> >
> > As has been implied once by Bert, mentioned more than once by
> > myself, and supported by Asimov, the base for the Maunas is the sea
> > floor. Now before everybody gets antsy again about the sea floor not
> > being perfectly flat and the inability to say just where sea floor ends
> > and Maunas begin, and so forth, please try to see this in a very general
> > way just as Asimov intended. Visualize an *average* "sea floor" depth
> > surrounding the Hawaiian volcano. No need to worry about a dip
> > here and there.
>
> "A dip here or there"? Well the basins, seamounts, ridges and Islands are
> hardly trivial, as you well know... On one hand, you trivialize the
> topography like this, while OTOH you claim the world's tallest mountain.

If you substitute "average" for "trivialize," then i would be more
inclined to agree with you. Asimov evidently meant for us to
picture an average sea floor depth of 18,000 feet below sea level.
The statement "No need to worry about a dip here and there," was
not meant to trivialize the topography, but only to indicate that an
average figure was being used. Such generalizations are usually
acceptable when the differences involved are much smaller than the
object of praise. "Trivialize" contains negative connotations that
were not intended.

To be specific, when one compares the dips (and bumps) that
surround the Hawaiian volcano to the greater than 6-mile height of
said volcano, using an average sea floor depth would seem to be
acceptable to most people who are just trying to picture the height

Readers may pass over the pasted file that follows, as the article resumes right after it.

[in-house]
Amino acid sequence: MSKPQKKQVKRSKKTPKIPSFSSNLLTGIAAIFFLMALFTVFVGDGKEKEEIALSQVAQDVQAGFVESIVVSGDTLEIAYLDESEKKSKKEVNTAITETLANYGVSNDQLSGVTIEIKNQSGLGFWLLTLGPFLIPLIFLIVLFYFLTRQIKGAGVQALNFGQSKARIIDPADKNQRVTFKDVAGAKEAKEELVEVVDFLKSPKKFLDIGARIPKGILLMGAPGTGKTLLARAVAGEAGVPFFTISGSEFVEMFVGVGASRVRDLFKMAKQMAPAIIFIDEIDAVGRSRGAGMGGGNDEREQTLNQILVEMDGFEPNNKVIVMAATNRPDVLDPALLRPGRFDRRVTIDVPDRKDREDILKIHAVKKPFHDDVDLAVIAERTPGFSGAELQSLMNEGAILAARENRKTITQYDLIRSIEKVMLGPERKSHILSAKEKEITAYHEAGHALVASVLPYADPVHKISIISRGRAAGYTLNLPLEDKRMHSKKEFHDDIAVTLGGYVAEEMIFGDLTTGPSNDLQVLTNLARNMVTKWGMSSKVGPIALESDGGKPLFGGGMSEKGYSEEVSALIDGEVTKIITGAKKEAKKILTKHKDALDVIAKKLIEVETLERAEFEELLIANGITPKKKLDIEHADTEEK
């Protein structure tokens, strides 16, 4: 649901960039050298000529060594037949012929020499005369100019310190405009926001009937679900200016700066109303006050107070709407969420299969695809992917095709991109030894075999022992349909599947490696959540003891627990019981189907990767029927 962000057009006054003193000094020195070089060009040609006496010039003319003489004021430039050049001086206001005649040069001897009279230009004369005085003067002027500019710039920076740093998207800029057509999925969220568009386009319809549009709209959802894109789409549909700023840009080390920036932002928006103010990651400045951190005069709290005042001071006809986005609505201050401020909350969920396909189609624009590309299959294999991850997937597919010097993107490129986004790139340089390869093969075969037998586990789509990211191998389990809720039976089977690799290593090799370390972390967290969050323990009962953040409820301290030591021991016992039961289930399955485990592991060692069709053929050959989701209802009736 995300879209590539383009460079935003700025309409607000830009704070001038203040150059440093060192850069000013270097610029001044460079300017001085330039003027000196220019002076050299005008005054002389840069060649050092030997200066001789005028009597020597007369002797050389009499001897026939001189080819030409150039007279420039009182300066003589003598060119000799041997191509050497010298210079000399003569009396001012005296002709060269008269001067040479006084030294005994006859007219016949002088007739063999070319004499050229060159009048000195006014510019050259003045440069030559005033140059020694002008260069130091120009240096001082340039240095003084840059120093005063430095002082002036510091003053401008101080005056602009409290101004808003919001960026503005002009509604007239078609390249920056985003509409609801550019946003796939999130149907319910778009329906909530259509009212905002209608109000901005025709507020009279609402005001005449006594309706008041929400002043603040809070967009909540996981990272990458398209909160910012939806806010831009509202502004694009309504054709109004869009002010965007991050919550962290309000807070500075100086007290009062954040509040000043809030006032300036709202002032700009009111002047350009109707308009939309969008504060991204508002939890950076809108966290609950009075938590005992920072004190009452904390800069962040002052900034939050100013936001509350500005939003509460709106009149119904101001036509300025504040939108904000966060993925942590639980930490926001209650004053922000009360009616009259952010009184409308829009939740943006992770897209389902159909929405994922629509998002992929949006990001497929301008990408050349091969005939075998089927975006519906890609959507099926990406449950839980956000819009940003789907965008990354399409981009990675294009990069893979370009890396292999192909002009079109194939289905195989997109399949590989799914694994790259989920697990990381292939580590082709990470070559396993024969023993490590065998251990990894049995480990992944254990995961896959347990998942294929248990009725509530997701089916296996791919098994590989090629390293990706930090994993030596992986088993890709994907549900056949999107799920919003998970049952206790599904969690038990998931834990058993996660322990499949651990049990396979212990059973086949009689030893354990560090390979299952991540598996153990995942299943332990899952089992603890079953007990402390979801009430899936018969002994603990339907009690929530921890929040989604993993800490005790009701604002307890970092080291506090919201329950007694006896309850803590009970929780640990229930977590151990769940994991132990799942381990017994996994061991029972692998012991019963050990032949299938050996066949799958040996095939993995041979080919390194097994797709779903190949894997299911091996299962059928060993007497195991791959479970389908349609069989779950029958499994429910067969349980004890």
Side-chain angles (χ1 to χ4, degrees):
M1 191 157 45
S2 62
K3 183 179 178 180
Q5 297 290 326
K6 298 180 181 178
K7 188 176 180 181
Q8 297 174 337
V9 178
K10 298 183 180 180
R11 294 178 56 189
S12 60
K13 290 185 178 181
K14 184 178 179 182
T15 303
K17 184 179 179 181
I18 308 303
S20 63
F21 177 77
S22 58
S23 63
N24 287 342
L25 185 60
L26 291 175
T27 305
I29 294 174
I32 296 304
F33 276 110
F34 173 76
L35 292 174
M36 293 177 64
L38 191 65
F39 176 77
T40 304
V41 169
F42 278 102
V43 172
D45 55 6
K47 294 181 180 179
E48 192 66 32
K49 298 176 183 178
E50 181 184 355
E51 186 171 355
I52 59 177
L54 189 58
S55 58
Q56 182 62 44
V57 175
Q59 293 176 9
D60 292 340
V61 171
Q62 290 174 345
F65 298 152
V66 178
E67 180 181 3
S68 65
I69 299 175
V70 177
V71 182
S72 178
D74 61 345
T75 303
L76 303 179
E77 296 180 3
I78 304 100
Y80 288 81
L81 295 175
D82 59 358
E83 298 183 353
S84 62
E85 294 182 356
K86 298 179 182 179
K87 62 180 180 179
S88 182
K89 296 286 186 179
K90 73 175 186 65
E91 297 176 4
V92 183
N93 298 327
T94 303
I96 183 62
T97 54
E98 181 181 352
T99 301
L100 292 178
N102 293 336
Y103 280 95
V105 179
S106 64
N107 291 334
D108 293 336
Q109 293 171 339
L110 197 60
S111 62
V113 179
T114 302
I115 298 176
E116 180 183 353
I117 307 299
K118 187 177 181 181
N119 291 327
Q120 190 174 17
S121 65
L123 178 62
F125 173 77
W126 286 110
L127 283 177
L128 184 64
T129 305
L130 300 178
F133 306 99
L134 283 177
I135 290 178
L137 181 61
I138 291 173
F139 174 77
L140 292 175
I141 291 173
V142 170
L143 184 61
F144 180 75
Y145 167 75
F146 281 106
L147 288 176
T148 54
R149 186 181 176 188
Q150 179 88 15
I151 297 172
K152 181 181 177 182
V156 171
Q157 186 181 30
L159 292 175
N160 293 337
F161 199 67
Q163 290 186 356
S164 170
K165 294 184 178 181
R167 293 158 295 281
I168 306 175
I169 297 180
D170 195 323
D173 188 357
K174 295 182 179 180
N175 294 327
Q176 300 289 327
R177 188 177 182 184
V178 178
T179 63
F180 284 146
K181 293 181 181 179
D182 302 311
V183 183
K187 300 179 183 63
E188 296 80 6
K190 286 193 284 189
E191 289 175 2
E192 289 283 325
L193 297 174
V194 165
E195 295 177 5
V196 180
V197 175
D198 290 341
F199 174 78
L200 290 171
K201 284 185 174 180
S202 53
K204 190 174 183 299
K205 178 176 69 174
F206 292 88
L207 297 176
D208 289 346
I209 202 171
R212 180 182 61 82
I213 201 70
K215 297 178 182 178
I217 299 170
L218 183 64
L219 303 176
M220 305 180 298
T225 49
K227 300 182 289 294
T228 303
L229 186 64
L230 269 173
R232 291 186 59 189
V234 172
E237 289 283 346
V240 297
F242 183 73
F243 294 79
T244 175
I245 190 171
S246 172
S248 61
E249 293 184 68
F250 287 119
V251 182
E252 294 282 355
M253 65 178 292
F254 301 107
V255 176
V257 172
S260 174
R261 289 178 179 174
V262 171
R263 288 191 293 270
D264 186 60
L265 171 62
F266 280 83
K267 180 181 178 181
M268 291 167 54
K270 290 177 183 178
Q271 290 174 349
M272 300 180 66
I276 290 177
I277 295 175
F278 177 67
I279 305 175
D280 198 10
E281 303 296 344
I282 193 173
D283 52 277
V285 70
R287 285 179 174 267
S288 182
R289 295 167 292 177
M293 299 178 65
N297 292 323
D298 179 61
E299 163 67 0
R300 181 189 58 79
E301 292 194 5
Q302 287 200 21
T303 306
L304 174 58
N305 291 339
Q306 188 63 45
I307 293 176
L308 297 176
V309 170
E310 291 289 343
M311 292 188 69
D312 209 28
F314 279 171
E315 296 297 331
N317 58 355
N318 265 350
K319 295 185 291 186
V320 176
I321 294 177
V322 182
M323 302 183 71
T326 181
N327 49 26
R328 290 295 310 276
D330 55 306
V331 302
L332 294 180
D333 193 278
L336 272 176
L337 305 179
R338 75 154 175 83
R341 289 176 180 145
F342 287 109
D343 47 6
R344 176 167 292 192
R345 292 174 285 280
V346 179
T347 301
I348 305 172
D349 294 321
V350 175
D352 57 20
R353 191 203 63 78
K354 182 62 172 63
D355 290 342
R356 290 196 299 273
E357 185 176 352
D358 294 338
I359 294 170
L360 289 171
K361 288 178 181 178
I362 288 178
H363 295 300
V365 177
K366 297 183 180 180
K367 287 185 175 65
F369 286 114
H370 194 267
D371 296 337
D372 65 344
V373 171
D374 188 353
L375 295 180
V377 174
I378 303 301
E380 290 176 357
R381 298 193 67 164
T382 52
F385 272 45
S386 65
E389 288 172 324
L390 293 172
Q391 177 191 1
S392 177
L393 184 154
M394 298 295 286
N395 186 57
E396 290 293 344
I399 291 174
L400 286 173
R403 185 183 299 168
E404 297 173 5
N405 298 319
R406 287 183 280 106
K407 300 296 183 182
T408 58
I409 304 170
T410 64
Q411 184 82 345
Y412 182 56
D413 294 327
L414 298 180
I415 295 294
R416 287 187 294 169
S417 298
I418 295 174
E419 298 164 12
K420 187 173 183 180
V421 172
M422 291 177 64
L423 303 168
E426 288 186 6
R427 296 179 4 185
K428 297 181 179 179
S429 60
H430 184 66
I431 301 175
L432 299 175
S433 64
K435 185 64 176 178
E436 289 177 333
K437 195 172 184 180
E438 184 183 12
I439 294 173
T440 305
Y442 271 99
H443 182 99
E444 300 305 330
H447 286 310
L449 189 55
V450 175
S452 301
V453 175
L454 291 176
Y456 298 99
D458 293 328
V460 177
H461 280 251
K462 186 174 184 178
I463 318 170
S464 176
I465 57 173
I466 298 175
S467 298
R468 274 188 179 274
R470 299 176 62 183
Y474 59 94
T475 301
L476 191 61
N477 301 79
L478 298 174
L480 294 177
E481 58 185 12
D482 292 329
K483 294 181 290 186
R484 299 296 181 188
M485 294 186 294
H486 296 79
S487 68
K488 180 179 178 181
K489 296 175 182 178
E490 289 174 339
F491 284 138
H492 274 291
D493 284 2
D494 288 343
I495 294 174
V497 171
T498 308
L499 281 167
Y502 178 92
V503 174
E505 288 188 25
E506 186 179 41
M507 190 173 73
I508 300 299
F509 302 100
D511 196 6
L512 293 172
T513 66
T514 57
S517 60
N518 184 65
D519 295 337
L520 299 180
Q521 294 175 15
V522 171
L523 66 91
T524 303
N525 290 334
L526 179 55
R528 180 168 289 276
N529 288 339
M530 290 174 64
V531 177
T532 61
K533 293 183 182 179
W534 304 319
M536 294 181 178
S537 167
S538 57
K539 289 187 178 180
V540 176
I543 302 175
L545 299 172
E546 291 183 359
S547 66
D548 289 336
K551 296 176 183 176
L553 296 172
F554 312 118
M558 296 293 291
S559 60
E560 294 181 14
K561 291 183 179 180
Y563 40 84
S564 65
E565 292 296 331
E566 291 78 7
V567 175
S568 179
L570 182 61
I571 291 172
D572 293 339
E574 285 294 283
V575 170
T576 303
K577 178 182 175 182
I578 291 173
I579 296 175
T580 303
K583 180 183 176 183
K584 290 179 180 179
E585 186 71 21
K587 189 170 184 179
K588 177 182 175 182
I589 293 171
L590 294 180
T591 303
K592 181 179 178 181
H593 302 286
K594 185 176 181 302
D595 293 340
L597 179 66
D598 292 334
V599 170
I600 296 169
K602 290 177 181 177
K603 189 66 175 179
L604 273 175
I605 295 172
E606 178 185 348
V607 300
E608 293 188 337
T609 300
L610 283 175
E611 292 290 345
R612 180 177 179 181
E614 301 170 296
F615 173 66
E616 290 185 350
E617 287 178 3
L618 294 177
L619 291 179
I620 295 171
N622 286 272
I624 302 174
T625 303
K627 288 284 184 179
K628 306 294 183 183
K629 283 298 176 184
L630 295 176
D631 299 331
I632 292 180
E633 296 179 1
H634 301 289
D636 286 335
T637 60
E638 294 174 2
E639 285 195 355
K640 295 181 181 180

of the mountain in their minds.

The Earth is a majestic scene when pictured from the Moon. Yet
Earth's surface has many bumps and dips that are indiscernible from
the Moon with the naked eye. If we could stand on the ocean bed
several miles from Hawaii and see the volcano, Asimov is telling us
that we would be in absolute awe of its mighty and majestic 6-mile
rise into the sky.

> Well, OK, but this is even *more* arbitray, it seems to me. Are you
> including the rest of the Hawaiin chain in this average? Or the Swordfish
> and Pensacola Seamounts? (i.e. if you don't worry about a dip here or
> there, why worry about a bump here and there, either... such as the rest of
> the chain...) As stated earlier, any claim can be made using the most
> arbitrary positions. And using the same argument (an *average* "sea floor"
> depth), the Andes still best Hawaii for my equally arbitrary position.

Asimov only mentioned the volcano that is topped by Hawaii.

Not just *any* claim is being made here. The claim made by
Bert, myself and Asimov is that Everest is not the tallest mountain
on Earth when measured from a specified base level to its peak.
The tallest mountain on Earth measuring from base to peak is
mostly covered by the waters of the Pacific Ocean and is topped
by Hawaii.

As i stated earlier, i don't have figures for the Andes, nor have i
seen any figures that would challenge Asimov's claim.

> > Asimov is saying that since the Maunas rise about 14,000
> > feet above sea level, and since the depth of the sea floor around the
> > volcano averages roughly (yes, very roughly) 18,000 feet, then the
> > height of Hawaii from its sea-floor-base to its peaks above water is
>
> Again, we keep getting different depths. If Asimov is using 14,000, why are
> you using 18,000 feet? And were these depths calculated using anything
> other than arbitrary figures? Or do we know? Can we say that your argument
> is not the same as Asimov's?

I note your correction in another post. Asimov would have
researched the latest soundings (as of 1966) of sea floor depths
around the Hawaiian Islands. Then i imagine that he averaged
them to yield the 18,000 foot figure.

We might also note the greater precision indicated by Asimov.
His table gave a height above sea level for Mauna Kea as ...

13,784 feet or 2.61 miles or 4,200 meters

and from the base to peak of the volcano Asimov gives us the
figures...

32,036 feet or 6.08 miles or 9,767 meters